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From "Matteo Bertozzi (JIRA)" <j...@apache.org>
Subject [jira] [Commented] (HBASE-11737) Document callQueue improvements from HBASE-11355
Date Thu, 14 Aug 2014 20:22:22 GMT

    [ https://issues.apache.org/jira/browse/HBASE-11737?page=com.atlassian.jira.plugin.system.issuetabpanels:comment-tabpanel&focusedCommentId=14097579#comment-14097579
] 

Matteo Bertozzi commented on HBASE-11737:
-----------------------------------------

{quote}
ipc.server.callqueue.handler.factor
A value between <literal>0</literal> and <literal>1</literal> gives
each handler
a percentage of a queue. For instance, a value of <literal>.5</literal> shares
one
queue between each two handlers.</para>
{quote}
Is this correct? I mean the example is correct, but "gives each handler a percentage of a
queue"
to me sounds like the other way around where 0 means share nothing and 1 share all. 
buy maybe is just me not able to read it correctly.

You can also add that the benefit of having multiple queues (e.g. 1 per handler) means that
there is less contention when the task is added to/select from the queue, which result is
better performance.
but it also means that if you have 2 queues, and 1 ends up with task that takes long you end
up with one handler waiting to receive the next call instead of executing the pending ones
in the other queue.


read.share was renamed to read.ratio (no need to doc the change seen no release was released
with .share)
I've added also more examples after a discussion with jon, which you should include.
{noformat}
The specified interval (which should be between 0.0 and 1.0) will be multiplied by the number
of call queues.
A value of 0 indicate to not split the call queues, meaning that both read and write requests
will be pushed to the same set of queues.
A value lower than 0.5 means that there will be less read queues than write queues.
A value of 0.5 means there will be the same number of read and write queues.
A value greater than 0.5 means that there will be more read queues than write queues.
A value of 1.0 means that all the queues except one are used to dispatch read requests.

Example: Given the total number of call queues being 10
a read.ratio of 0 means that: the 10 queues will contain both read/write requests.
a read.ratio of 0.3 means that: 3 queues will contain only read requests and 7 queues will
contain only write requests.
a read.ratio of 0.5 means that: 5 queues will contain only read requests and 5 queues will
contain only write requests.
a read.ratio of 0.8 means that: 8 queues will contain only read requests and 2 queues will
contain only write requests.
a read.ratio of 1 means that: 9 queues will contain only read requests and 1 queues will contain
only write requests.
{noformat}

Also, add something like: separating the number of read/write queues can be used to "prioritize"
read vs writes, less queues you have more "throttling" you have on that operation.
but separating read and write queues also means that reads will never be stuck waiting a write
operation to complete. (dumb example, 2 handler 1 queue you have a seq of WRITE, WRITE, READ
the read must wait the writes to complete, if you have the 2 separate queue and 1 handler
is processing only the write queue and the other only the read queue at any point in time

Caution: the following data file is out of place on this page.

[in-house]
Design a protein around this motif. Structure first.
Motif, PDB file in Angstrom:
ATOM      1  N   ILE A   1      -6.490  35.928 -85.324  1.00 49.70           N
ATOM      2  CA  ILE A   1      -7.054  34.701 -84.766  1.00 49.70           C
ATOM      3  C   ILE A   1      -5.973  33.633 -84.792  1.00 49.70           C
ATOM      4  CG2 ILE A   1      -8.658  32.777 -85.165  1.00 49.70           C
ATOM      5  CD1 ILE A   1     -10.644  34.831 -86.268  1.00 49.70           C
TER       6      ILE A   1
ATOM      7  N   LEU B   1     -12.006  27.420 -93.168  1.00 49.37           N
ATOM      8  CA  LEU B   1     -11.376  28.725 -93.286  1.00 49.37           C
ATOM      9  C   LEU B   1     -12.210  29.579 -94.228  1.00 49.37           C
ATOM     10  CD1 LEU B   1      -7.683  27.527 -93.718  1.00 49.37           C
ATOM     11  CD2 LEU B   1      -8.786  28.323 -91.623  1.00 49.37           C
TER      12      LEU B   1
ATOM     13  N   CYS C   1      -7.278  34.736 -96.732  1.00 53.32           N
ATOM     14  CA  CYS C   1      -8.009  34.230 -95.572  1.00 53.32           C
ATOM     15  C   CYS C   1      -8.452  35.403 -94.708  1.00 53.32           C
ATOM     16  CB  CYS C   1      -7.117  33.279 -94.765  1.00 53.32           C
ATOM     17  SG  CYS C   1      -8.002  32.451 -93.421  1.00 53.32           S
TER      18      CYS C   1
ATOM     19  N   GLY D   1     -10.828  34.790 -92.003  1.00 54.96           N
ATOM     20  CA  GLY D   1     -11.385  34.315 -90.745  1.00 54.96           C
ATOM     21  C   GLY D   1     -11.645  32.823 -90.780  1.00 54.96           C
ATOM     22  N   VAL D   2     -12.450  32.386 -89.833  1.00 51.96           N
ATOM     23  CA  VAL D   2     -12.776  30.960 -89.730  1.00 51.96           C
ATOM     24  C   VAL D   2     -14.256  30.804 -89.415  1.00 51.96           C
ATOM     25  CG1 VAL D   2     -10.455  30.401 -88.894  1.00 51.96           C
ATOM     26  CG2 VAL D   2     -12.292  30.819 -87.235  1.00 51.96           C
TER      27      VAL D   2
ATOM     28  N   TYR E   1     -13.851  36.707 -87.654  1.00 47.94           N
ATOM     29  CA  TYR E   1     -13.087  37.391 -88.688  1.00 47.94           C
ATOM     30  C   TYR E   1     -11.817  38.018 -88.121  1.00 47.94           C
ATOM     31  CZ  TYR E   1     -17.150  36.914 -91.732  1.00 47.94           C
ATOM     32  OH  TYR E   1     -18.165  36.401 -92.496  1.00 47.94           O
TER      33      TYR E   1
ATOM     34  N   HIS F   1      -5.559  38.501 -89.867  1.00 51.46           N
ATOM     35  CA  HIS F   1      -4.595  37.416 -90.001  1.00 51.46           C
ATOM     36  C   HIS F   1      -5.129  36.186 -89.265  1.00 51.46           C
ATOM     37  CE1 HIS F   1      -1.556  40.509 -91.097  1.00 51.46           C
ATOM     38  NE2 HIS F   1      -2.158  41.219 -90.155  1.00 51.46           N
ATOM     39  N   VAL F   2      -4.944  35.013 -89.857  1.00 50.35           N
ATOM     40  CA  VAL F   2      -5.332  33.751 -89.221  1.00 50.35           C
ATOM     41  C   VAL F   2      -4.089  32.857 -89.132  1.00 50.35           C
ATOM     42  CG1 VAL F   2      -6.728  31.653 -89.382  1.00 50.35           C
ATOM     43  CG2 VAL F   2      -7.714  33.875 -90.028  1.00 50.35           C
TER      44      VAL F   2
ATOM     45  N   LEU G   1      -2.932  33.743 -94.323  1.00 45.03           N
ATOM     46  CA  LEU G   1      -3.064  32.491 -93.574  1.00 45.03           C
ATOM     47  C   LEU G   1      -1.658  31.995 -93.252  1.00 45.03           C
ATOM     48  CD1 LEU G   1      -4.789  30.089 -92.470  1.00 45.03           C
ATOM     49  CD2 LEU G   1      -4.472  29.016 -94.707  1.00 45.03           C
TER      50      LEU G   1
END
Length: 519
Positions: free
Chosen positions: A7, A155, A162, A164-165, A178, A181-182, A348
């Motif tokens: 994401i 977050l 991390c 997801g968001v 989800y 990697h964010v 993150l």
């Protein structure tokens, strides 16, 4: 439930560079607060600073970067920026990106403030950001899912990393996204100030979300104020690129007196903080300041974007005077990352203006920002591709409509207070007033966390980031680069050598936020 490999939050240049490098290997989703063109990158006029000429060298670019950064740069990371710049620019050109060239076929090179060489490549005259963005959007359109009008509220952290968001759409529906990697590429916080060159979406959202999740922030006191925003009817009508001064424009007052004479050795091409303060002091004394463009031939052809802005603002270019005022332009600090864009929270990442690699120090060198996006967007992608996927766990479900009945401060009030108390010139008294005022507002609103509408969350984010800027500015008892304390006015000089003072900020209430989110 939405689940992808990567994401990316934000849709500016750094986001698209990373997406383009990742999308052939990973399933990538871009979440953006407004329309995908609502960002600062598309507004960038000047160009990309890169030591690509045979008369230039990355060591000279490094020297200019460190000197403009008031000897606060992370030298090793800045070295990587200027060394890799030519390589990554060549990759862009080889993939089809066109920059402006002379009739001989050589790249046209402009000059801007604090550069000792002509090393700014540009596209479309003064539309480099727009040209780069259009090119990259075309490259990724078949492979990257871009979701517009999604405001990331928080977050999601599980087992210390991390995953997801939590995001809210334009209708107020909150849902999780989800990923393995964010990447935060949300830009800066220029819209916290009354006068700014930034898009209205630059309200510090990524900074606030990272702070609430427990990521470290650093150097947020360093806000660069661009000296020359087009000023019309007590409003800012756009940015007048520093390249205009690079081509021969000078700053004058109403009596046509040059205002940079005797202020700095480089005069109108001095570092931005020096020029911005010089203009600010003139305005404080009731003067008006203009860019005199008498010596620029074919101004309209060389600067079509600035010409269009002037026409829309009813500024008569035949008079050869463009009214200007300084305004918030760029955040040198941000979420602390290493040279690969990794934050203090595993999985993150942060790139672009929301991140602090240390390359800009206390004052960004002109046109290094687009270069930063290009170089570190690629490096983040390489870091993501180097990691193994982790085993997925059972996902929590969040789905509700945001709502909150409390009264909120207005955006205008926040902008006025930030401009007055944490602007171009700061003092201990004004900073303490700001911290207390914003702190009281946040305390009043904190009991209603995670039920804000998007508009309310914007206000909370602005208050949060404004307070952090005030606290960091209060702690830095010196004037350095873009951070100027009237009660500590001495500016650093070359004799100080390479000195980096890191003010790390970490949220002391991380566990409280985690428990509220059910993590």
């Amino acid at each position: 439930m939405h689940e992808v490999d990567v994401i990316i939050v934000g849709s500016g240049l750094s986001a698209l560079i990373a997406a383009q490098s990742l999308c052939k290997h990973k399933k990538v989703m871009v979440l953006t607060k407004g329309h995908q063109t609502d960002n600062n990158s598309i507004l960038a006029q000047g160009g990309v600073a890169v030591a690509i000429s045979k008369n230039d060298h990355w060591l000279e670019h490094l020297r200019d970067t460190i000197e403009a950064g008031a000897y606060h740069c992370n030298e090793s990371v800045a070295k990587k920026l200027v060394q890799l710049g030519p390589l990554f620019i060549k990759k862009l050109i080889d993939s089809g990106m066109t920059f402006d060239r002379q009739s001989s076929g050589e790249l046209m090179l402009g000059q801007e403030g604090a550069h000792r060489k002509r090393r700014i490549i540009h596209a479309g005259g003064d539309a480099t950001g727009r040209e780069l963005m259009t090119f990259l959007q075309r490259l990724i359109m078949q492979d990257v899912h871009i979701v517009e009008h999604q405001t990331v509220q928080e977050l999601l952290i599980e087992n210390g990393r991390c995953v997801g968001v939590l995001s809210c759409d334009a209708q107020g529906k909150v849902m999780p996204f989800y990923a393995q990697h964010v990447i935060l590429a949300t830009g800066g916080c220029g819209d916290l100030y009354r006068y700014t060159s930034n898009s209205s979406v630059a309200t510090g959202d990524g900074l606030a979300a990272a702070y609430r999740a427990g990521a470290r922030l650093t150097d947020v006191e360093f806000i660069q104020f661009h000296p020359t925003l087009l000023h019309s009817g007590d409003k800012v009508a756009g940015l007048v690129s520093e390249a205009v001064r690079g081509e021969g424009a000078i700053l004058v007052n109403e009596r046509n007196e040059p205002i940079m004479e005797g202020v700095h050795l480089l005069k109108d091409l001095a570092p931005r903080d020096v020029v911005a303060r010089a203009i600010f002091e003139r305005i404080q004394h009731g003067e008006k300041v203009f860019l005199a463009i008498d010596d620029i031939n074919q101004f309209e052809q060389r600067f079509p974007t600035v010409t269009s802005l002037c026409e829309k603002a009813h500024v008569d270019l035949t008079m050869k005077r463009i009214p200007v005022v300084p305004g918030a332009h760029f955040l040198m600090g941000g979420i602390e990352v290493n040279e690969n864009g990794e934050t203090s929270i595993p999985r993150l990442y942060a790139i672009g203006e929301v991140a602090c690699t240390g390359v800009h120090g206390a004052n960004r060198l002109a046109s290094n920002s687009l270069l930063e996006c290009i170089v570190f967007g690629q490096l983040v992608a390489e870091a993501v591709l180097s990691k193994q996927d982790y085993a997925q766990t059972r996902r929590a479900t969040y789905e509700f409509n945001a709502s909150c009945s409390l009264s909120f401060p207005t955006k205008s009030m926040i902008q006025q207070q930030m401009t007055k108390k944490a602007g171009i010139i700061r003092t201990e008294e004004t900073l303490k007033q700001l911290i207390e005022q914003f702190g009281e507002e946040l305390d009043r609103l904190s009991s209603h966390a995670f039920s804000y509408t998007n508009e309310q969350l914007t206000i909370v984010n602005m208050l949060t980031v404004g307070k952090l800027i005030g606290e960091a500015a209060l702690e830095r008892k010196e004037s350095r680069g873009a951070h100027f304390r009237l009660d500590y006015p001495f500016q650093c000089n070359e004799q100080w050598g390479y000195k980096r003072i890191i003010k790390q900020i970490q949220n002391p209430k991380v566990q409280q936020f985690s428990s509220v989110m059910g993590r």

you are executing a read and a write)

There is also a new scan.ratio property that splits the read queues in long-read and short-read
{noformat}
the scan.ratio property will split the read call queues into small-read and long-read queues.
A value lower than 0.5 means that there will be less long-read queues than short-read queues.
A value of 0.5 means that there will be the same number of short-read and long-read queues.
A value greater than 0.5 means that there will be more long-read queues than short-read queues
A value of 0 or 1 indicate to use the same set of queues for gets and scans.

Example: Given the total number of read call queues being 8
a scan.ratio of 0 or 1 means that: 8 queues will contain both long and short read requests.
a scan.ratio of 0.3 means that: 2 queues will contain only long-read requests and 6 queues
will contain only short-read requests.
a scan.ratio of 0.5 means that: 4 queues will contain only long-read requests and 4 queues
will contain only short-read requests.
a scan.ratio of 0.8 means that: 6 queues will contain only long-read requests and 2 queues
will contain only short-read requests.
{noformat}
and again, by dividing long-reads from short-reads you can "prioritize" what you need.
(same stuff as read/write but with long/short reads)

said that, this property are meant mainly for perf testing, unless you really know what you
are doing
since they "fixed" for the RS and if you want to change them you have to restart the RS.
The idea is to have them dynamically configurable by user/table/namespace once we have quotas
and maybe at some point autotunables based on the workload stats.

> Document callQueue improvements from HBASE-11355
> ------------------------------------------------
>
>                 Key: HBASE-11737
>                 URL: https://issues.apache.org/jira/browse/HBASE-11737
>             Project: HBase
>          Issue Type: Sub-task
>          Components: documentation
>            Reporter: Misty Stanley-Jones
>            Assignee: Misty Stanley-Jones
>             Fix For: 0.99.0, 0.98.4
>
>         Attachments: HBASE-11737.patch
>
>




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